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I have a .net webapplication with the following domains: www.domain.com sub.domain.com files.domain.com

When a user is logged on to domain.com or sub.domain.com, I'd like them to share session state (i.e. be logged into both domains at once). This is possible to do by setting the domain on the session coookie to be ".domain.com". However, my problem is that the domain "files.domain.com" should not have session state due to security issues (xss attacks from user-made files hosted on that domain is an issue).

Is it possible in ASP.NET to use the same asp.net session id for these two domains, but not the third one?

Thanks in advance!

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5 Answers 5

up vote 3 down vote accepted
+50

Here are a couple of options that come to mind:

#1 - Post your login request to both applications via a client side script. This will enable you to set cookies for both valid domains at the same time. This enables you to avoid the XSS issue that you are concerned about by creating cookies for the specific domains that you want to have your users authenticated on.

#2 - Move your "unsecure" site to a different domain. For example: www.domain-files.com. With that option you could use a shared cookie to manage authentication.

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This mirrors my own thoughts –  DeveloperChris Jan 28 '11 at 1:43
    
Yeah moving the files domain is of course the way to go, but not sure if I get acceptance for that. Posting login request to both domains I could do, thank you Joe! –  El Che Jan 28 '11 at 8:14

Don't confuse session cookies and forms authentication cookies. ASP.NET Session cannot be shared between applications. As far as the forms authentication cookie is concerned, well it is just a simple cookie and the way cookies work is by setting the domain property.

One way I can think of to achieve this is to define special machineKeys in web.config for the two applications. This way users that authenticated on www.domain.com will be emitted a cookie which will be encrypted with the machinekeys of www.domain.com and because only sub.domain.com has the same keys will be able to decrypt the cookie. The cookie will still be sent to files.domain.com but it won't be able to decrypt it and users won't be authenticated there.

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It's actually the same application, where the two domains point to the same application/server+path. So www.domain.com and sub.domain.com are equal, while files.domain.com point to a different virtual folder of the application. So basically I need the users to be authenticated on both two domains with the same sessionId –  El Che Jan 19 '11 at 11:19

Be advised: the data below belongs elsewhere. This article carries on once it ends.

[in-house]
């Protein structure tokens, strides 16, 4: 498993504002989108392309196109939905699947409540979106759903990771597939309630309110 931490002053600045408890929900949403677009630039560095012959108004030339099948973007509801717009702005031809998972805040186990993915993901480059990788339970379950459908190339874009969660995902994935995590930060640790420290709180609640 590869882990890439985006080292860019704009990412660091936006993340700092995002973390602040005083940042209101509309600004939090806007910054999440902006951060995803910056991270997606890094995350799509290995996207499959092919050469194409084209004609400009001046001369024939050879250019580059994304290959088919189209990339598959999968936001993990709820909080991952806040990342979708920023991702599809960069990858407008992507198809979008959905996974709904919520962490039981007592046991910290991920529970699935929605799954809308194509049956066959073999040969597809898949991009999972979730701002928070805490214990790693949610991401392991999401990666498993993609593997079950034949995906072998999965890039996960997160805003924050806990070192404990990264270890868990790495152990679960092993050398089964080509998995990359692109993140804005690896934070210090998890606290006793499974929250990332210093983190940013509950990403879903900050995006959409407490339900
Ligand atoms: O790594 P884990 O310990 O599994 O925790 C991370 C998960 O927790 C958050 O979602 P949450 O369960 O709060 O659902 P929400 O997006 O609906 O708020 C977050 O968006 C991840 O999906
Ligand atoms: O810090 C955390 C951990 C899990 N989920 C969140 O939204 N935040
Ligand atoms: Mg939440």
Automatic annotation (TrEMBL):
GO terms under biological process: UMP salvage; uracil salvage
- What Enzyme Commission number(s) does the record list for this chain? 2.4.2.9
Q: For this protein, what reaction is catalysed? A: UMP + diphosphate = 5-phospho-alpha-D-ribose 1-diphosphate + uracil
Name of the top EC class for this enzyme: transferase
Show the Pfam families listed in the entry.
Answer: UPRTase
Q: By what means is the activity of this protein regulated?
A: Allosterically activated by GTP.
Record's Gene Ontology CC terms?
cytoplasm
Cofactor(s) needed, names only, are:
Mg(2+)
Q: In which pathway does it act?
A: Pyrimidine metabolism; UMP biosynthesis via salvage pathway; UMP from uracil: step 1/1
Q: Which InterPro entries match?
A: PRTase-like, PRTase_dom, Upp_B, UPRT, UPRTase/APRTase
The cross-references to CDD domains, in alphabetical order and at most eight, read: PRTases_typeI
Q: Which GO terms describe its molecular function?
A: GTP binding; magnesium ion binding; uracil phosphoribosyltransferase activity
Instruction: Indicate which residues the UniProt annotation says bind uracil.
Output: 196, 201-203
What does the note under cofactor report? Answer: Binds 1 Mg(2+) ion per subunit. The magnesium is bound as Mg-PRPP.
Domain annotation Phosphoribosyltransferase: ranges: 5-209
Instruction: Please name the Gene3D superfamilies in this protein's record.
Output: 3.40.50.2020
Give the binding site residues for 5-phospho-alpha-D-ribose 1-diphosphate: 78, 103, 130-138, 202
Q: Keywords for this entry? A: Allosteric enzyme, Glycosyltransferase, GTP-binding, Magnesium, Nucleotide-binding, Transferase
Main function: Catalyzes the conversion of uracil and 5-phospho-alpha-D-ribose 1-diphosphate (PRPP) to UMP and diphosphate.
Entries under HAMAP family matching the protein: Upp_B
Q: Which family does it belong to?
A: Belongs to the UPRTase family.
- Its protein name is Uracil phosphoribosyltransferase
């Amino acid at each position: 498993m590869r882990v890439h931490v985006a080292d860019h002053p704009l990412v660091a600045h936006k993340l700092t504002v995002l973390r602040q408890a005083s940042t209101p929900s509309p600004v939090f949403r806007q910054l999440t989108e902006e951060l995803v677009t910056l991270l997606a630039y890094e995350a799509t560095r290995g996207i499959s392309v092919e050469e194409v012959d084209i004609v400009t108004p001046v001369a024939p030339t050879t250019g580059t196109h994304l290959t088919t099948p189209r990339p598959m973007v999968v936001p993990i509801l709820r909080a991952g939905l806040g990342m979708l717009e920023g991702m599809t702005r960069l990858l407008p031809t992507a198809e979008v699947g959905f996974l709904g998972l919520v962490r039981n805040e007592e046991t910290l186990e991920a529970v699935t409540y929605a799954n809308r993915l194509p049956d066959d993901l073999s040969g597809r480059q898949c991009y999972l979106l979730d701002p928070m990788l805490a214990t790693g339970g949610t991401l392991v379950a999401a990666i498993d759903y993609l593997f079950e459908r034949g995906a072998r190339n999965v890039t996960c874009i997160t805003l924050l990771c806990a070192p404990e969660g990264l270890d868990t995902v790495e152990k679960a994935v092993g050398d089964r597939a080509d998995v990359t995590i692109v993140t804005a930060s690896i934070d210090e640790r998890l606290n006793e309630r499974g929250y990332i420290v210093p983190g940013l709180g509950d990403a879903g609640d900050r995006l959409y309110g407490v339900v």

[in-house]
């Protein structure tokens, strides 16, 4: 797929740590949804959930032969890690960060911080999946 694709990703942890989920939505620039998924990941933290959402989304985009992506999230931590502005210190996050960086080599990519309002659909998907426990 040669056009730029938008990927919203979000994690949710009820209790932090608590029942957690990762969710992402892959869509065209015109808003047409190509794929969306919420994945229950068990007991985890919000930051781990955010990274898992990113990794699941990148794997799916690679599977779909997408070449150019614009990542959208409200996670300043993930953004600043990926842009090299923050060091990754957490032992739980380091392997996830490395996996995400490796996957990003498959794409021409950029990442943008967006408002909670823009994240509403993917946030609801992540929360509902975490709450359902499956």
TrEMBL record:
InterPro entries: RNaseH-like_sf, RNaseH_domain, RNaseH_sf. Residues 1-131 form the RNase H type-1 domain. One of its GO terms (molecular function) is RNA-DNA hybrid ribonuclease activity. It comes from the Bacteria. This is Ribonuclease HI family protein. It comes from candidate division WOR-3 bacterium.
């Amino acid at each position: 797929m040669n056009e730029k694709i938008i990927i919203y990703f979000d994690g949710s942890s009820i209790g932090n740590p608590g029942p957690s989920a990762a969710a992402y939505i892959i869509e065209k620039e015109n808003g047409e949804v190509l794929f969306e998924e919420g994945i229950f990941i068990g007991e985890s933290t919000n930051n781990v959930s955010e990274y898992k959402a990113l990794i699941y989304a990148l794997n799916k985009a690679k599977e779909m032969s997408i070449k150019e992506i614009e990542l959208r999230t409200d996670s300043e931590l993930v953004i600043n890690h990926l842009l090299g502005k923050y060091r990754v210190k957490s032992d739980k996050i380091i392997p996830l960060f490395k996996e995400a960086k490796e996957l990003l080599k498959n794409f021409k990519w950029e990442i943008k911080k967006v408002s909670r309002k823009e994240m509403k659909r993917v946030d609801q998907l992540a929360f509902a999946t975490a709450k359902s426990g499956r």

To my mind the question is why can people upload files that may contain XSS attacks? if they can do this they may find ways of causing other problems.

The most likely candidate is on your login page have a javascript function that sends the credentials to the other server. so when someoe logs in to one domain the javascript function logs them in to the other domain at the same time.

I agree with joe.liedtke who says move files.domain.com to another domain and avoid the issue altogether.

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Try this: Sharing asp.net authentication on different apps on different sub-domains

As mentioned below, only applications with matching machine keys will be able to authenticate with each other. So, assuming files.domain.com is given a different machine key it will be unable to decrypt the session cookie, and there for have no right to the other domains

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Thanks, still not what I'm looking for unfortunately. The browser will still send the cookie, thus enabling e.g. javascriptfiles stored on that domain to intercept cookies - providing an entrypoint for session hijacking on the other domain. –  El Che Jan 24 '11 at 11:24

Maybe, it would accomplish your task to store a Guid value in the cookie directly using Response.Cookies, then query your database based on that value to get shared authentication information.

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that was what I thought until I realised that a separate cookie could still be used in a XSS attack –  DeveloperChris Jan 28 '11 at 1:41
    
Add a token at the end of the Guid indicating the previous request id. i.e. a cookie with the value "sessionid={guidvalue}43" when it is the 43rd request. Then validate the request number. –  smartcaveman Jan 28 '11 at 7:15

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